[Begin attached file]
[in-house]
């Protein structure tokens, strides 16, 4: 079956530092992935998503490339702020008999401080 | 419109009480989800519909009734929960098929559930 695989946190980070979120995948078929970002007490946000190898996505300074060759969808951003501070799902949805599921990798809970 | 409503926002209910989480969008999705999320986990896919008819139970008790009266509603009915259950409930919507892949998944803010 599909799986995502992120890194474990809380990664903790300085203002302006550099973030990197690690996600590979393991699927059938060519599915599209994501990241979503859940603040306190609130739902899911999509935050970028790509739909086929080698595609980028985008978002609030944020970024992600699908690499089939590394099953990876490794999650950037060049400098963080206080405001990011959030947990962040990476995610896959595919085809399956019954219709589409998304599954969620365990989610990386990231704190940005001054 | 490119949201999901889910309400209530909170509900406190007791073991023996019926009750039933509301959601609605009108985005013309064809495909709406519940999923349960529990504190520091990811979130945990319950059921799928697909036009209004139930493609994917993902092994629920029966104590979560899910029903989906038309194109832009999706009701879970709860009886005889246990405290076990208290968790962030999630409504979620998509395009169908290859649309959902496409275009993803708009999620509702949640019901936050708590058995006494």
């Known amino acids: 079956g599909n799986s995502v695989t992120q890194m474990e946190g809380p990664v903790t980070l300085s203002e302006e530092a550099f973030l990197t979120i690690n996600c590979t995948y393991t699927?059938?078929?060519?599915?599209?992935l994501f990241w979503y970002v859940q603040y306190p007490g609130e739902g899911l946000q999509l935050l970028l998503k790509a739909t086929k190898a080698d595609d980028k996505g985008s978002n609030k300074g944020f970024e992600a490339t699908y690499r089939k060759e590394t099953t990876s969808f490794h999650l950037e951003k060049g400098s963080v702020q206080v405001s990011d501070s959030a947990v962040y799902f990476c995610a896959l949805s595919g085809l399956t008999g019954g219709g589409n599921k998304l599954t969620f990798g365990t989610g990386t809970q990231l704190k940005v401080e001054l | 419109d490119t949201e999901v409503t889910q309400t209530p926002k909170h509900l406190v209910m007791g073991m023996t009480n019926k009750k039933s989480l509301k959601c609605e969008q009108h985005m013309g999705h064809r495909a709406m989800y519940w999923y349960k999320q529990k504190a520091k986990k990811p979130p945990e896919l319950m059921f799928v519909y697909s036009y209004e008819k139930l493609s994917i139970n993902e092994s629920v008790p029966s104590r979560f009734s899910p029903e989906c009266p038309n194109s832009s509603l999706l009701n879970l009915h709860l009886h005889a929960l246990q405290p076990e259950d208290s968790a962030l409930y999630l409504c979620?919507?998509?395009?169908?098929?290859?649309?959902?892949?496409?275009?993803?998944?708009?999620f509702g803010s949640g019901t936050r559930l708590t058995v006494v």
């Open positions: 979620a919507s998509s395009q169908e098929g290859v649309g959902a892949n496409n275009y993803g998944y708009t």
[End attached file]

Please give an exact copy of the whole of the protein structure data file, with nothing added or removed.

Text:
[in-house]
């Protein structure tokens, strides 16, 4: 079956530092992935998503490339702020008999401080 | 419109009480989800519909009734929960098929559930 695989946190980070979120995948078929970002007490946000190898996505300074060759969808951003501070799902949805599921990798809970 | 409503926002209910989480969008999705999320986990896919008819139970008790009266509603009915259950409930919507892949998944803010 599909799986995502992120890194474990809380990664903790300085203002302006550099973030990197690690996600590979393991699927059938060519599915599209994501990241979503859940603040306190609130739902899911999509935050970028790509739909086929080698595609980028985008978002609030944020970024992600699908690499089939590394099953990876490794999650950037060049400098963080206080405001990011959030947990962040990476995610896959595919085809399956019954219709589409998304599954969620365990989610990386990231704190940005001054 | 490119949201999901889910309400209530909170509900406190007791073991023996019926009750039933509301959601609605009108985005013309064809495909709406519940999923349960529990504190520091990811979130945990319950059921799928697909036009209004139930493609994917993902092994629920029966104590979560899910029903989906038309194109832009999706009701879970709860009886005889246990405290076990208290968790962030999630409504979620998509395009169908290859649309959902496409275009993803708009999620509702949640019901936050708590058995006494």
């Known amino acids: 079956g599909n799986s995502v695989t992120q890194m474990e946190g809380p990664v903790t980070l300085s203002e302006e530092a550099f973030l990197t979120i690690n996600c590979t995948y393991t699927?059938?078929?060519?599915?599209?992935l994501f990241w979503y970002v859940q603040y306190p007490g609130e739902g899911l946000q999509l935050l970028l998503k790509a739909t086929k190898a080698d595609d980028k996505g985008s978002n609030k300074g944020f970024e992600a490339t699908y690499r089939k060759e590394t099953t990876s969808f490794h999650l950037e951003k060049g400098s963080v702020q206080v405001s990011d501070s959030a947990v962040y799902f990476c995610a896959l949805s595919g085809l399956t008999g019954g219709g589409n599921k998304l599954t969620f990798g365990t989610g990386t809970q990231l704190k940005v401080e001054l | 419109d490119t949201e999901v409503t889910q309400t209530p926002k909170h509900l406190v209910m007791g073991m023996t009480n019926k009750k039933s989480l509301k959601c609605e969008q009108h985005m013309g999705h064809r495909a709406m989800y519940w999923y349960k999320q529990k504190a520091k986990k990811p979130p945990e896919l319950m059921f799928v519909y697909s036009y209004e008819k139930l493609s994917i139970n993902e092994s629920v008790p029966s104590r979560f009734s899910p029903e989906c009266p038309n194109s832009s509603l999706l009701n879970l009915h709860l009886h005889a929960l246990q405290p076990e259950d208290s968790a962030l409930y999630l409504c979620?919507?998509?395009?169908?098929?290859?649309?959902?892949?496409?275009?993803?998944?708009?999620f509702g803010s949640g019901t936050r559930l708590t058995v006494v």
């Open positions: 979620a919507s998509s395009q169908e098929g290859v649309g959902a892949n496409n275009y993803g998944y708009t």